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Missing conversations?

Tintype_18
Authority
Authority

I have posted a question on the worth of Photobucket...twice and they have never appeared here. I even searched with the key word and still nothing. Any ideas?

John
Canon EOS T7; EF-S 18-55mm IS; EF 28-135mm IS; EF 75-300mm; Sigma 150-600mm DG
8 REPLIES 8

Stephen
Moderator
Moderator

The automod flagged them as spam because of using all caps and wildcards in the URL names. It looks "phishy." I'll release them from the quarantine. 

Hmmm. All caps? I have had the situation of hitting the caps key but I always review and correct spelling before posting. Wild cards? Define, please. I assume you will release the posts as written. Thanks for the reply.

John
Canon EOS T7; EF-S 18-55mm IS; EF 28-135mm IS; EF 75-300mm; Sigma 150-600mm DG

There was only one that I was able to find - I released it.

This is what I assume tripped up the spam filter:

Stephen_0-1696185399993.png
While I know what you're doing, the bot didn't, so it just removed it. 

 

 

FYI, that is how it appreared on my credit card statement. I was noting how they refused to refund my money. Now, how about the second one I sent?

 

 

John
Canon EOS T7; EF-S 18-55mm IS; EF 28-135mm IS; EF 75-300mm; Sigma 150-600mm DG

Stephen, many thanks for your help explaining the situation. Might help others in the future to prevent a conversation from being flagged. BTW, wild card???

John
Canon EOS T7; EF-S 18-55mm IS; EF 28-135mm IS; EF 75-300mm; Sigma 150-600mm DG

A "wild card" is a term used in computer searches. Most commonly, it's an asterisk (*), but sometimes it can be a question mark (?), a dot (.), an X... I'm sure I'm forgetting some. They're kind of like variables in algebra. They're advanced ways to search. It's very helpful when you're looking for a specific file. For example - you know you took a series of photos on a certain day, and you know that you imported them using the date. You can search with "*07042023.*" that will return all files with names with "anything07042023.anything" in the results.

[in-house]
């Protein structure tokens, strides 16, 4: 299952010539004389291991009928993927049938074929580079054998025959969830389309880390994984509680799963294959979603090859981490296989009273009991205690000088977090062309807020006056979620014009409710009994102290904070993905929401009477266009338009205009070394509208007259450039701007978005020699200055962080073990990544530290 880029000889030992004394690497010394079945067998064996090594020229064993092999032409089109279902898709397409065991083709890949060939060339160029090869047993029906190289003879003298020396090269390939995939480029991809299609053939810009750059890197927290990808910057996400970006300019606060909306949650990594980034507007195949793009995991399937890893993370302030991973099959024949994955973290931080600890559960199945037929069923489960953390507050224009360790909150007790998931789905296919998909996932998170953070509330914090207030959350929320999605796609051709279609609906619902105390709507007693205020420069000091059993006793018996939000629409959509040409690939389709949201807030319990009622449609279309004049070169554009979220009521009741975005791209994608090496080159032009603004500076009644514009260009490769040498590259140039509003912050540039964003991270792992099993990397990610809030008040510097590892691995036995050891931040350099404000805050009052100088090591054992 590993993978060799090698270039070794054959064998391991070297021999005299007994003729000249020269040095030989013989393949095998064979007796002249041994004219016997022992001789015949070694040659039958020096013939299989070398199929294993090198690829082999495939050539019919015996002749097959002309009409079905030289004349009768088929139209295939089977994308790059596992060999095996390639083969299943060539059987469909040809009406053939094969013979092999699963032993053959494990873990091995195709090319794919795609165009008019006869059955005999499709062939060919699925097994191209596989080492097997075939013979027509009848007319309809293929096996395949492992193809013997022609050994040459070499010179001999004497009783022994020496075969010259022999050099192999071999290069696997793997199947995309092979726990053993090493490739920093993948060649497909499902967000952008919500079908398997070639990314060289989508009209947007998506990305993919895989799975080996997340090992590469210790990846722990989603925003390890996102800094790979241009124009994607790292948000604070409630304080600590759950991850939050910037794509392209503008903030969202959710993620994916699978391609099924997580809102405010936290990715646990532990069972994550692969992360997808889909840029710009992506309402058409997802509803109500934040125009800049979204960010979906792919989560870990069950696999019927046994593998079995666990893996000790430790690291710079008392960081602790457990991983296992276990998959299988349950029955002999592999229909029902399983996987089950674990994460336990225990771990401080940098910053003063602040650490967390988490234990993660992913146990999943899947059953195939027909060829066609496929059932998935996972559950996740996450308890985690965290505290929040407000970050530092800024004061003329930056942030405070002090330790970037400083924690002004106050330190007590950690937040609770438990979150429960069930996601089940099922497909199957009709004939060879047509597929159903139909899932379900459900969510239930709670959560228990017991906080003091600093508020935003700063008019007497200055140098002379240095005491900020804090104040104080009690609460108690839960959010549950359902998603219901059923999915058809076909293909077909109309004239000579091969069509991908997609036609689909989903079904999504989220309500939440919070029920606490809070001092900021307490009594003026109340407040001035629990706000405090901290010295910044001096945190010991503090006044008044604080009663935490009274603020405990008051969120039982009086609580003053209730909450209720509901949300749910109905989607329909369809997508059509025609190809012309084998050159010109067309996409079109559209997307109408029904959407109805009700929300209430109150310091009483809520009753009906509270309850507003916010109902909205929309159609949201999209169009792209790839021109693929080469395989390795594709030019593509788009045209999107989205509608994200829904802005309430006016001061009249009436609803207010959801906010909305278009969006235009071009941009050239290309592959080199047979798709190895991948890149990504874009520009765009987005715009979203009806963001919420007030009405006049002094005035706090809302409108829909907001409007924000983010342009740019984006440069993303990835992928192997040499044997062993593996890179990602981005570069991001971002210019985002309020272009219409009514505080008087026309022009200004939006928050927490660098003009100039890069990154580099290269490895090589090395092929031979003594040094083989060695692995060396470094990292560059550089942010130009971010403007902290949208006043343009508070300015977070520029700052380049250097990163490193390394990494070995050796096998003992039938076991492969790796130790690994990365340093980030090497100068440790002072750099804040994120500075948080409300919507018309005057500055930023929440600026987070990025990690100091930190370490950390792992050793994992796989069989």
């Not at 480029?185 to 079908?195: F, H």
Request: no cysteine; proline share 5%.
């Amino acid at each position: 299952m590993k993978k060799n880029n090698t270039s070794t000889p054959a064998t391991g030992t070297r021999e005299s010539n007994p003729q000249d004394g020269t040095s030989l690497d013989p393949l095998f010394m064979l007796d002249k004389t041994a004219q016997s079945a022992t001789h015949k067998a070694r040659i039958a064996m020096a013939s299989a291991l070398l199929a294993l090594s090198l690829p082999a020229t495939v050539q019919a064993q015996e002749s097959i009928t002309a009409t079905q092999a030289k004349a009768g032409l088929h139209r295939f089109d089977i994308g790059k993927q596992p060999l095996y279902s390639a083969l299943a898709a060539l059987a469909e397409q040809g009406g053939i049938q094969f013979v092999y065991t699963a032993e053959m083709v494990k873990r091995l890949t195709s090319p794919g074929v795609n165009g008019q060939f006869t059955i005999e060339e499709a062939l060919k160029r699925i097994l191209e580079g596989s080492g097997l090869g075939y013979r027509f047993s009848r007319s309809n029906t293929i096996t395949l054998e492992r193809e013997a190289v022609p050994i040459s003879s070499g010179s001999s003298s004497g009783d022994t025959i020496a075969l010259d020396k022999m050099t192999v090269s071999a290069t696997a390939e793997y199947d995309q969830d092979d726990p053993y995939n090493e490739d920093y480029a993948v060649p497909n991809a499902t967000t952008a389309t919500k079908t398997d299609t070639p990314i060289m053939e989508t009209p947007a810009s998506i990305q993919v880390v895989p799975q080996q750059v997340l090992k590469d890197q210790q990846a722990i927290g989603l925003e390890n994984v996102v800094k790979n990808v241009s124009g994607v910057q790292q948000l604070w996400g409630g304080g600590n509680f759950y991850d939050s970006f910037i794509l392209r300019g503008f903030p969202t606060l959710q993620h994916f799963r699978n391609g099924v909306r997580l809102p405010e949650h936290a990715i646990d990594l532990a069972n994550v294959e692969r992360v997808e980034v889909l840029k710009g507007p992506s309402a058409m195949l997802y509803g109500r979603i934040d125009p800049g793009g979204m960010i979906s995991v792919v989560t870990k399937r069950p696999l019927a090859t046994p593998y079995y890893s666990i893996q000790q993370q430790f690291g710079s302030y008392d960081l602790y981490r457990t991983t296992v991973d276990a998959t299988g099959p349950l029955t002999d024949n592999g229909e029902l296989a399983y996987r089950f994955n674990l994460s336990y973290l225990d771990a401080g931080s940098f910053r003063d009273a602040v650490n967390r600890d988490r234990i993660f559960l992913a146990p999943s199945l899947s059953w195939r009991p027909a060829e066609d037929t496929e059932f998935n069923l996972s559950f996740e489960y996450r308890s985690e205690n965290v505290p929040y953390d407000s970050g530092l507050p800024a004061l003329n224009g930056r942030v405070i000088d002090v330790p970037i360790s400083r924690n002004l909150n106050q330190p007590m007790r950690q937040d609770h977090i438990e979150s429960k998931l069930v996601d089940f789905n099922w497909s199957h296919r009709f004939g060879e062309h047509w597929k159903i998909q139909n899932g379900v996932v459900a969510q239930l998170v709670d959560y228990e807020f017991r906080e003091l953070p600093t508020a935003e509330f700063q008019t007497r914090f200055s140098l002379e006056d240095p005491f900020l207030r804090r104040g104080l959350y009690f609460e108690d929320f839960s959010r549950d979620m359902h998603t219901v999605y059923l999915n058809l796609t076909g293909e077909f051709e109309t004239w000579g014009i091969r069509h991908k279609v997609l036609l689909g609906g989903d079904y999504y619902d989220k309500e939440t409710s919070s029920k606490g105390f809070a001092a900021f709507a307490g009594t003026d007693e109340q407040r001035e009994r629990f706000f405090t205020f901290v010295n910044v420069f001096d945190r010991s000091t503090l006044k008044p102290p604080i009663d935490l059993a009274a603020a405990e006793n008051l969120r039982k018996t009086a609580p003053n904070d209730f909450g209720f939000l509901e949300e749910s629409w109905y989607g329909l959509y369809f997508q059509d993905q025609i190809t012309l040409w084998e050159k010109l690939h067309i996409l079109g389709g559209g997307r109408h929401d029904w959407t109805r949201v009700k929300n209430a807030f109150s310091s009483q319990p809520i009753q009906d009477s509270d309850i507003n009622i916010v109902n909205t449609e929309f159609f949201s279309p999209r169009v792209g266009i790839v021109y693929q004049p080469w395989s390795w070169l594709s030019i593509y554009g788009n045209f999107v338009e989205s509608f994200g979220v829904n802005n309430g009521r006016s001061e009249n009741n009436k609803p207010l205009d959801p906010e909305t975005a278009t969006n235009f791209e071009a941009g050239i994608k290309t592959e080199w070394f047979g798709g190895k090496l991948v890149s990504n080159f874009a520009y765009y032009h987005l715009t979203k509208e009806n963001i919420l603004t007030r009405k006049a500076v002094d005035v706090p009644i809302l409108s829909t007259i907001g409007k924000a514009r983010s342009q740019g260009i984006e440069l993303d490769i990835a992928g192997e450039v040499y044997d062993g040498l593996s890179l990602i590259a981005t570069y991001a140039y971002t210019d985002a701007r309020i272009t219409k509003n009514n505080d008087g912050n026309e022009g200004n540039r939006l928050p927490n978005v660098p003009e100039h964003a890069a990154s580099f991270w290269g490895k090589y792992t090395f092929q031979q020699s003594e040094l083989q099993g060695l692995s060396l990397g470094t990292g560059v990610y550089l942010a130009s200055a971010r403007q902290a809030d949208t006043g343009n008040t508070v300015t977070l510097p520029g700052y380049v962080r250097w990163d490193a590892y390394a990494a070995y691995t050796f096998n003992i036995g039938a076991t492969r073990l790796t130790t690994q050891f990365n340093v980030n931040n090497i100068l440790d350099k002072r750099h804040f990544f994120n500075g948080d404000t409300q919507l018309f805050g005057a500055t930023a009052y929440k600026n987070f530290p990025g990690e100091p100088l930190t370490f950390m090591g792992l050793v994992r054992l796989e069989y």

I learnt some interesting stuff about letter cases and reading.   A study indicated that the average adult reads at the level of a 10 year-old.   When I first saw this I rather assumed that this was biased towards people with reading challenges, those of a foreign language etc. But it actually includes academics, politicians, doctors(!) and other highly educated and supposedly skilled readers.   It turns out that this is because we scan words rather than actually read them letter-by-letter.

When we are first learning to read, we recognize and spell out each letter to establish the word in print. As we get older, we recognize the combinations of letters that form words by their various up and down strokes, and curves, and it is at this level we read as adults.

However if we see word written in ALL CAPS, that method of scanning fails, and we are forced back into a slower reading mode again.  This is used in the printing industry for headlines and other short phrases were we want to slow the reader down and create emphasis - it's apparently known as shrieking in the publishing world.

However, if large bodies of text are in all-caps, then we revert to scanning again, but our comprehension level drops by at least one year, often two.  This was a problem in early IT systems that had simplified alphabets and everything was typed in caps - I worked with such a system for logging and recording resolutions to system faults and failures, and it was quite tiring to have to deal with en masse.


cheers, TREVOR

Before you ask us, have you looked in the manual or on the Canon Support Site?
"All the variety, all the charm, all the beauty of life is made up of light and shadow", Leo Tolstoy;
"Skill in photography is acquired by practice and not by purchase" Percy W. Harris

Stephen
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